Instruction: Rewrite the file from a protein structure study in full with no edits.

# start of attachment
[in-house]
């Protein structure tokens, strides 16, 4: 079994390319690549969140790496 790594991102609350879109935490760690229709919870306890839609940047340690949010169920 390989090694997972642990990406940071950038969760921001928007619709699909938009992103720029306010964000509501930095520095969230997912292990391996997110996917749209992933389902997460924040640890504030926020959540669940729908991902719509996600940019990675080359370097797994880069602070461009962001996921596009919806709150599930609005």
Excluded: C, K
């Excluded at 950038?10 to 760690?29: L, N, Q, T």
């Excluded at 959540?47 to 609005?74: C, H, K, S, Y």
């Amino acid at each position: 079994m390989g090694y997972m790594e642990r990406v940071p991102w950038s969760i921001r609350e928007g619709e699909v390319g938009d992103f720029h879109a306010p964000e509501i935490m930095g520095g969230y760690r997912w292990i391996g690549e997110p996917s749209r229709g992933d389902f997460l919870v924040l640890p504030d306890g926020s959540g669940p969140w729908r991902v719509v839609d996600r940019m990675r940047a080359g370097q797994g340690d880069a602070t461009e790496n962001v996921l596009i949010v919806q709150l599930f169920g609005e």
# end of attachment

[in-house]
């Protein structure tokens, strides 16, 4: 079994390319690549969140790496 790594991102609350879109935490760690229709919870306890839609940047340690949010169920 390989090694997972642990990406940071950038969760921001928007619709699909938009992103720029306010964000509501930095520095969230997912292990391996997110996917749209992933389902997460924040640890504030926020959540669940729908991902719509996600940019990675080359370097797994880069602070461009962001996921596009919806709150599930609005």
Excluded: C, K
């Excluded at 950038?10 to 760690?29: L, N, Q, T």
């Excluded at 959540?47 to 609005?74: C, H, K, S, Y």
């Amino acid at each position: 079994m390989g090694y997972m790594e642990r990406v940071p991102w950038s969760i921001r609350e928007g619709e699909v390319g938009d992103f720029h879109a306010p964000e509501i935490m930095g520095g969230y760690r997912w292990i391996g690549e997110p996917s749209r229709g992933d389902f997460l919870v924040l640890p504030d306890g926020s959540g669940p969140w729908r991902v719509v839609d996600r940019m990675r940047a080359g370097q797994g340690d880069a602070t461009e790496n962001v996921l596009i949010v919806q709150l599930f169920g609005e």